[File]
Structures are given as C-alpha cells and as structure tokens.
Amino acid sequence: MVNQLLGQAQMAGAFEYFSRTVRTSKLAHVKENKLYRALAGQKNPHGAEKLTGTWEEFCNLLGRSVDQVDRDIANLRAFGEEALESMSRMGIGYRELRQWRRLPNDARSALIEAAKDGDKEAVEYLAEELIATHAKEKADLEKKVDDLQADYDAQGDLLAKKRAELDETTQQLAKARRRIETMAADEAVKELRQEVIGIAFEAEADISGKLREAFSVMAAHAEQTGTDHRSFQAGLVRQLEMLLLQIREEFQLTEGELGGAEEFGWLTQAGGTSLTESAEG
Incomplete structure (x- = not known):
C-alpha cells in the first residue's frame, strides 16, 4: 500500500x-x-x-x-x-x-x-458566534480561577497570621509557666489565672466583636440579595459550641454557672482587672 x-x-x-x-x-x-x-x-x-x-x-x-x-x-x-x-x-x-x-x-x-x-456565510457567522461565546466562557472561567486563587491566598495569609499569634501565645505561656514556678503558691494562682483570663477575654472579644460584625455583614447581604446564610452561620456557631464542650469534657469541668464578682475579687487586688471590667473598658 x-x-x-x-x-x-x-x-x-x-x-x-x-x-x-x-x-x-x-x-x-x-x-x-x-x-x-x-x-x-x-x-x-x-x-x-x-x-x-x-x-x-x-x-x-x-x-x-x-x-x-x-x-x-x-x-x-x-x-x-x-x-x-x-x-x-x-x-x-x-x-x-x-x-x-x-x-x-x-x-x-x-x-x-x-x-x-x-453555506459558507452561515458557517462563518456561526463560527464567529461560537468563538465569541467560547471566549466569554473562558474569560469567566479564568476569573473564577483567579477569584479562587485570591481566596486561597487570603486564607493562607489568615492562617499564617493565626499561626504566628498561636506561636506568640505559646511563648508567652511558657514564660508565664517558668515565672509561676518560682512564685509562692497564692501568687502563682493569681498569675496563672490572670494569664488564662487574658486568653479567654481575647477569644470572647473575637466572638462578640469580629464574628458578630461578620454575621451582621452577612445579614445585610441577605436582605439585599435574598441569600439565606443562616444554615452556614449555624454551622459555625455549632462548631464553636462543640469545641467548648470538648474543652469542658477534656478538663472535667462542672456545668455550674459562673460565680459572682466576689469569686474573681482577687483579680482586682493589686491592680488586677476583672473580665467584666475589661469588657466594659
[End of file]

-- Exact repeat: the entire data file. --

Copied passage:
Structures are given as C-alpha cells and as structure tokens.
Amino acid sequence: MVNQLLGQAQMAGAFEYFSRTVRTSKLAHVKENKLYRALAGQKNPHGAEKLTGTWEEFCNLLGRSVDQVDRDIANLRAFGEEALESMSRMGIGYRELRQWRRLPNDARSALIEAAKDGDKEAVEYLAEELIATHAKEKADLEKKVDDLQADYDAQGDLLAKKRAELDETTQQLAKARRRIETMAADEAVKELRQEVIGIAFEAEADISGKLREAFSVMAAHAEQTGTDHRSFQAGLVRQLEMLLLQIREEFQLTEGELGGAEEFGWLTQAGGTSLTESAEG
Incomplete structure (x- = not known):
C-alpha cells in the first residue's frame, strides 16, 4: 500500500x-x-x-x-x-x-x-458566534480561577497570621509557666489565672466583636440579595459550641454557672482587672 x-x-x-x-x-x-x-x-x-x-x-x-x-x-x-x-x-x-x-x-x-x-456565510457567522461565546466562557472561567486563587491566598495569609499569634501565645505561656514556678503558691494562682483570663477575654472579644460584625455583614447581604446564610452561620456557631464542650469534657469541668464578682475579687487586688471590667473598658 x-x-x-x-x-x-x-x-x-x-x-x-x-x-x-x-x-x-x-x-x-x-x-x-x-x-x-x-x-x-x-x-x-x-x-x-x-x-x-x-x-x-x-x-x-x-x-x-x-x-x-x-x-x-x-x-x-x-x-x-x-x-x-x-x-x-x-x-x-x-x-x-x-x-x-x-x-x-x-x-x-x-x-x-x-x-x-x-453555506459558507452561515458557517462563518456561526463560527464567529461560537468563538465569541467560547471566549466569554473562558474569560469567566479564568476569573473564577483567579477569584479562587485570591481566596486561597487570603486564607493562607489568615492562617499564617493565626499561626504566628498561636506561636506568640505559646511563648508567652511558657514564660508565664517558668515565672509561676518560682512564685509562692497564692501568687502563682493569681498569675496563672490572670494569664488564662487574658486568653479567654481575647477569644470572647473575637466572638462578640469580629464574628458578630461578620454575621451582621452577612445579614445585610441577605436582605439585599435574598441569600439565606443562616444554615452556614449555624454551622459555625455549632462548631464553636462543640469545641467548648470538648474543652469542658477534656478538663472535667462542672456545668455550674459562673460565680459572682466576689469569686474573681482577687483579680482586682493589686491592680488586677476583672473580665467584666475589661469588657466594659